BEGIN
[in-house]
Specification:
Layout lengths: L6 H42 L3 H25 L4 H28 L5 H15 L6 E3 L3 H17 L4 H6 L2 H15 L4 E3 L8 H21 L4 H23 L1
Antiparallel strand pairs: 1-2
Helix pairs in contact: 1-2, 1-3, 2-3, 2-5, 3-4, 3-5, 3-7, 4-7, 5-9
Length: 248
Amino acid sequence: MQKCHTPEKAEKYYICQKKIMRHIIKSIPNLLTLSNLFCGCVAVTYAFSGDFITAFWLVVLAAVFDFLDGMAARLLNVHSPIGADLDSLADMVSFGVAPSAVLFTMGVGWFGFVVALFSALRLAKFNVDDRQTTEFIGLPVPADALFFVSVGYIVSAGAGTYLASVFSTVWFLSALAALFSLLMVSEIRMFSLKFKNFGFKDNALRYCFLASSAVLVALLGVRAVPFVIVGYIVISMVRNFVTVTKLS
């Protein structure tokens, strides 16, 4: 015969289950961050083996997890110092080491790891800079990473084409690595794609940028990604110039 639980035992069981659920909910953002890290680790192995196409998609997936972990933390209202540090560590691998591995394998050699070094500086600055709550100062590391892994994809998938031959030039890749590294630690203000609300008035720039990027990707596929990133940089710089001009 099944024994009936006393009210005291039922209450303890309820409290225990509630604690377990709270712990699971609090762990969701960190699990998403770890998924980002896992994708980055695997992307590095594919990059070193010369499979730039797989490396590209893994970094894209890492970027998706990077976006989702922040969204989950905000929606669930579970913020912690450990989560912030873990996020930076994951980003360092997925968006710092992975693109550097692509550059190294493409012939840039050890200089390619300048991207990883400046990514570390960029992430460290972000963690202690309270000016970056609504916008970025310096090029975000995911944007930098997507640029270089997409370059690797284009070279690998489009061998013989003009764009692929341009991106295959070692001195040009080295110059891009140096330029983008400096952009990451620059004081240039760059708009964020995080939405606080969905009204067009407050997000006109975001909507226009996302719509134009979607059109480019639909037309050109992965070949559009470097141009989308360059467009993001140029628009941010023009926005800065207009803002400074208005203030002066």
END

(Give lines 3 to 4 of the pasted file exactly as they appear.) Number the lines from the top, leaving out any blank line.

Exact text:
Layout lengths: L6 H42 L3 H25 L4 H28 L5 H15 L6 E3 L3 H17 L4 H6 L2 H15 L4 E3 L8 H21 L4 H23 L1
Antiparallel strand pairs: 1-2